Samsung halts Galaxy Note 7 production
Fire in the hold
Following a flurry of alarming reports that Galaxy Note 7 smartphones were overheating – and even combusting – manufacturer Samsung has finally announced that it has withdrawn all the affected units from sale and won’t be making any more. Customers have been advised to turn off the power and to ask for a refund or an exchange for a different model.
The admission was made in the wake of a number of new incidents of overheating and has caused a serious dent in the reputation of the South Korean tech giant which only last month recalled millions of smartphones, apparently due to faulty batteries that were causing some handsets to emit smoke or catch fire.
So, what’s the problem?
The new announcement casts fresh doubt on to the cause of the glitch. Samsung originally identified a faulty battery supply as being responsible for overheating and claimed the issue was resolved by changing to another supplier.
However, despite a widespread phone exchange scheme for customers with faulty batteries, there hasn’t been any reduction in reports of phone-related conflagrations – leading to major US mobile carriers refusing to continue issuing Galaxy Note 7 models.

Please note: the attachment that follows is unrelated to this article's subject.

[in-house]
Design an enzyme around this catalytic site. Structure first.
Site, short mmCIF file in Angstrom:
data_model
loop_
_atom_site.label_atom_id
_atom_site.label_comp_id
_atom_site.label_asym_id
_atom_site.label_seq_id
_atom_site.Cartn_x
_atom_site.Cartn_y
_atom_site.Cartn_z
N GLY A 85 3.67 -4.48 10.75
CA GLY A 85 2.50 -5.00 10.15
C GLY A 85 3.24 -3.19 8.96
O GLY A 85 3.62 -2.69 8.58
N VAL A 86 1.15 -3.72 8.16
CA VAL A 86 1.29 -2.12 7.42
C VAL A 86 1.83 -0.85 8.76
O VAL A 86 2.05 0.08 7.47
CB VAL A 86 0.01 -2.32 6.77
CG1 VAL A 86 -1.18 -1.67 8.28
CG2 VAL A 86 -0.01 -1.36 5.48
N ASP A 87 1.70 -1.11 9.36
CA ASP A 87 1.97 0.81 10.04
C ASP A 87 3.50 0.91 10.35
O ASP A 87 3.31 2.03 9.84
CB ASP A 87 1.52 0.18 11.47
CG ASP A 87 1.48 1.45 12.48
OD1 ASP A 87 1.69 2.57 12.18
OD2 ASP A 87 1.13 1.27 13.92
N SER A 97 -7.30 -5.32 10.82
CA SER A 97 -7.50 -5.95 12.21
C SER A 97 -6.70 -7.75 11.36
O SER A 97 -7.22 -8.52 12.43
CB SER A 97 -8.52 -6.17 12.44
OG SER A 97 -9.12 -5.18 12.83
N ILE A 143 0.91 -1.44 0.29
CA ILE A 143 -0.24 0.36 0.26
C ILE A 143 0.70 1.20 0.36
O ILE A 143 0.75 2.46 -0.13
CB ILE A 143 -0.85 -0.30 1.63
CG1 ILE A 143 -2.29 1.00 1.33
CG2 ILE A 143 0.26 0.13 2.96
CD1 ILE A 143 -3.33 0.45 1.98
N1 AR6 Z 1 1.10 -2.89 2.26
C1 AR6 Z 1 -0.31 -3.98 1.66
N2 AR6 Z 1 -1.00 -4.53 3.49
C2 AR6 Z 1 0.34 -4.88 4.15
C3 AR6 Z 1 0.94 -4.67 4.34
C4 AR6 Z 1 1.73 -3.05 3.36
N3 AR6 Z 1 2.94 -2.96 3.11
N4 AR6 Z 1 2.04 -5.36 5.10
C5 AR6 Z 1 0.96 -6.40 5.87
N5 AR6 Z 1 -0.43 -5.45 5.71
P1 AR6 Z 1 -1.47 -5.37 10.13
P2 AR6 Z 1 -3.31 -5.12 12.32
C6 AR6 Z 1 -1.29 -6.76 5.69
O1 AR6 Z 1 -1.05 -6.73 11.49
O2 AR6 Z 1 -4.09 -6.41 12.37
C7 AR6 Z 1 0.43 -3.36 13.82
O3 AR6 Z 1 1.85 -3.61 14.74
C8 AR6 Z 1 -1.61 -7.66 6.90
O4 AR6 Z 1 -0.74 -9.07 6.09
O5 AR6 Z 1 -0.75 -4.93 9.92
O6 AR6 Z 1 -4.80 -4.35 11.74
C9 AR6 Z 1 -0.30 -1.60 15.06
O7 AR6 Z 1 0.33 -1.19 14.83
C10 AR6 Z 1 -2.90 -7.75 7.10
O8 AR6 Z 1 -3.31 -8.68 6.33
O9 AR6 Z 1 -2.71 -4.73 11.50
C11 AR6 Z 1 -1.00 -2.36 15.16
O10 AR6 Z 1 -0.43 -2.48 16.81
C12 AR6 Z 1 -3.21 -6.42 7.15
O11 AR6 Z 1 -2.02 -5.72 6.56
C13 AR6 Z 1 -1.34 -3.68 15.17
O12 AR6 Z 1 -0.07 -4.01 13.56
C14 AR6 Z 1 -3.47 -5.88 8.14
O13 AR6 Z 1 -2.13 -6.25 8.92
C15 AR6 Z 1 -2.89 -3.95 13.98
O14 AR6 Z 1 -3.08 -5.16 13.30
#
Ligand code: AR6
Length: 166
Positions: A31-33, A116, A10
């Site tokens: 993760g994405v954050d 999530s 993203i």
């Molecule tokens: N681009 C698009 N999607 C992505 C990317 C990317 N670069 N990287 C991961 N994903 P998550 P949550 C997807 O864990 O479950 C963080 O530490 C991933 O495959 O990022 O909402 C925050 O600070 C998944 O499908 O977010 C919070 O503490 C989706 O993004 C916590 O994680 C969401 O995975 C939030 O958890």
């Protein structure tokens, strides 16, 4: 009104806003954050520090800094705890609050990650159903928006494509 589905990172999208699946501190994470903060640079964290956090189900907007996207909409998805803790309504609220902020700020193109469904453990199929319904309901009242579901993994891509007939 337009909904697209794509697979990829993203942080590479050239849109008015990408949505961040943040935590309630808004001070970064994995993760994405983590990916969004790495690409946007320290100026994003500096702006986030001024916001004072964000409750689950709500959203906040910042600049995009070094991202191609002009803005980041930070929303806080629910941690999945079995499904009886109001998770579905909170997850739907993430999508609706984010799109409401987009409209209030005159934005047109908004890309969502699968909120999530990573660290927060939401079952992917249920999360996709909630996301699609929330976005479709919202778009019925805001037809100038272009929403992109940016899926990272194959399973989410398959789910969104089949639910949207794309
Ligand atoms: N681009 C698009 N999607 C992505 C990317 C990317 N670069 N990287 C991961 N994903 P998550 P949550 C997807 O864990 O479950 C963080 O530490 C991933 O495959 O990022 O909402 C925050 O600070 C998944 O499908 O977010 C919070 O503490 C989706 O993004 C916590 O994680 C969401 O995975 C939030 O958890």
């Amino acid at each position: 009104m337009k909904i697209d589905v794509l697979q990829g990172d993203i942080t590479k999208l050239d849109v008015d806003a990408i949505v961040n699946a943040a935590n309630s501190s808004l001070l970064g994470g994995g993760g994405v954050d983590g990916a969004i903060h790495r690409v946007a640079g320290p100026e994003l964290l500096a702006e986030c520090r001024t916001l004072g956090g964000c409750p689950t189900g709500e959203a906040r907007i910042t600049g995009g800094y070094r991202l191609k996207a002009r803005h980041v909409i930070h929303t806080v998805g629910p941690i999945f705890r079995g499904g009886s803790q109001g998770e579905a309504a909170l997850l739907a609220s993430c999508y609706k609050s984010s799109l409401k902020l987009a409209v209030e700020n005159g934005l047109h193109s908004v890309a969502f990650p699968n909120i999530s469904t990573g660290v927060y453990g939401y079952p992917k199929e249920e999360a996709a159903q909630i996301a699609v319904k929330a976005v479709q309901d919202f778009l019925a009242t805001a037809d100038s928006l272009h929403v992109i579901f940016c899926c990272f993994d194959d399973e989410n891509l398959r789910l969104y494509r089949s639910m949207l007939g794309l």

One incident saw passengers evacuated from a Southwest Airlines flight after a replacement Note 7 started smouldering and making ‘popping noises’ shortly after its owner boarded the plane. In another, 13-year old Abby Zuis reported a ‘weird burning sensation’ while using her replacement model, while Michael Klering was hospitalised with smoke-induced acute bronchitis after waking to find his Note 7 on fire and room full of smoke.
A costly exercise
It’s thought that production of the phone has already ceased. ‘Taking our customer’s safety as our highest priority, we have decided to halt sales and production of the Galaxy Note 7.’ Samsung said in a filing in South Korea.
It’s a body blow for the company which is fighting for market share with other leading manufacturers in a fiercely competitive field. Although customers are being offered a swap for a Samsung Galaxy S7 or S7 Edge, it’s a fair bet that many of those sales will instead go to Apple and Google, both of which have announced new phones of their own in recent weeks.
This seemingly intractable problem is likely to result in significant financial penalties, with some analysts predicting that the recall fiasco could cost it $5 billion in revenues, as well as the damage to the company’s reputation.
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